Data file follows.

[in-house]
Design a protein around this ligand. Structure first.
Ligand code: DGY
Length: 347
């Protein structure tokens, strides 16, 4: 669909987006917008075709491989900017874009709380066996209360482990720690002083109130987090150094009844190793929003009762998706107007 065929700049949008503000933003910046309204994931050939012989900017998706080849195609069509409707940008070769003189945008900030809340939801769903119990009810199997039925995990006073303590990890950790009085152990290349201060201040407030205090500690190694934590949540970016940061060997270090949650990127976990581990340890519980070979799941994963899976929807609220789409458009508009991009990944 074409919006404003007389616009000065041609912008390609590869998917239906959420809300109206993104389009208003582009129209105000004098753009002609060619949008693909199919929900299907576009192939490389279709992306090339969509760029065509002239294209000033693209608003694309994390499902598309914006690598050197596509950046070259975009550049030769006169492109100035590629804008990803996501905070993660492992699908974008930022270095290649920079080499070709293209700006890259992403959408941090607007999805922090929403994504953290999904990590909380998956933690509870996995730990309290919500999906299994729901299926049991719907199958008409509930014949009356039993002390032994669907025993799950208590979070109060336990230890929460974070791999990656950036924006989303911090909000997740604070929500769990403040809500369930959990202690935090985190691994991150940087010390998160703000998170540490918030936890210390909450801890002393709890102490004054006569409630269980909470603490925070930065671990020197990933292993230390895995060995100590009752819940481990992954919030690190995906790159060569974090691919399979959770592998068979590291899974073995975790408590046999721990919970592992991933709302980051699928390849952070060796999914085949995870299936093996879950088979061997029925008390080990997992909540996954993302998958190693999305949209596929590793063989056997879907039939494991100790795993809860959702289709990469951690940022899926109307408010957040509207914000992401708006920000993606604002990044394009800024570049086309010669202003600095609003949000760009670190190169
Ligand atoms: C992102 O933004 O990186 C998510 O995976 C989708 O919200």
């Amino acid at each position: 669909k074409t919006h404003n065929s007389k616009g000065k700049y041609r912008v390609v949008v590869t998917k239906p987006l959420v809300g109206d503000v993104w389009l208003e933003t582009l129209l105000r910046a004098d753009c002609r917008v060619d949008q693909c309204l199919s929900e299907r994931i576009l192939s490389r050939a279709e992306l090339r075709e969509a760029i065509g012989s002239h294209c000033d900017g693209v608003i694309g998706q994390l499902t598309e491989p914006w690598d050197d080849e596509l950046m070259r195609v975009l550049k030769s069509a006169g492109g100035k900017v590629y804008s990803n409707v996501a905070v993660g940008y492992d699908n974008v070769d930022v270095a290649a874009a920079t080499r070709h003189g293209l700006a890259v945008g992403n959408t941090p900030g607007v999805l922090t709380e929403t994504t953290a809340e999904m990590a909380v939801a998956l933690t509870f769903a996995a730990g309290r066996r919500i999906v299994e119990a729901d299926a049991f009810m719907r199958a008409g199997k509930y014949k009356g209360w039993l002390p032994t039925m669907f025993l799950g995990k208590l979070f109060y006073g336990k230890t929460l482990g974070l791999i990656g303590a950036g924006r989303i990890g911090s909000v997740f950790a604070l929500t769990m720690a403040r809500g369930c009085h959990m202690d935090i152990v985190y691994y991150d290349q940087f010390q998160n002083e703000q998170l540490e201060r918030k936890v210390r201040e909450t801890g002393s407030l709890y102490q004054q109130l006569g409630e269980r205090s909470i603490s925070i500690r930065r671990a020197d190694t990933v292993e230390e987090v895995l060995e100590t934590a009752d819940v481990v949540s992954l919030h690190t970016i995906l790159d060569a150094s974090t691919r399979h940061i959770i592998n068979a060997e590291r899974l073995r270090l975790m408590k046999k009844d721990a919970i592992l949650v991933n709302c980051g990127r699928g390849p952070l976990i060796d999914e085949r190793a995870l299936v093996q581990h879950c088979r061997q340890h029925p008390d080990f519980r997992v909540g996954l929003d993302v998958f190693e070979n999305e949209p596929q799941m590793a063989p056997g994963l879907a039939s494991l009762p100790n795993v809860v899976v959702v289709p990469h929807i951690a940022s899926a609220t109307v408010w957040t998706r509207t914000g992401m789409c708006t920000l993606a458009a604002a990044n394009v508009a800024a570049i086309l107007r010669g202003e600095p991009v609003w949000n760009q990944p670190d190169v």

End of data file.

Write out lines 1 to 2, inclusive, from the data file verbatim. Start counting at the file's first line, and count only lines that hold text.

[in-house]
Design a protein around this ligand. Structure first.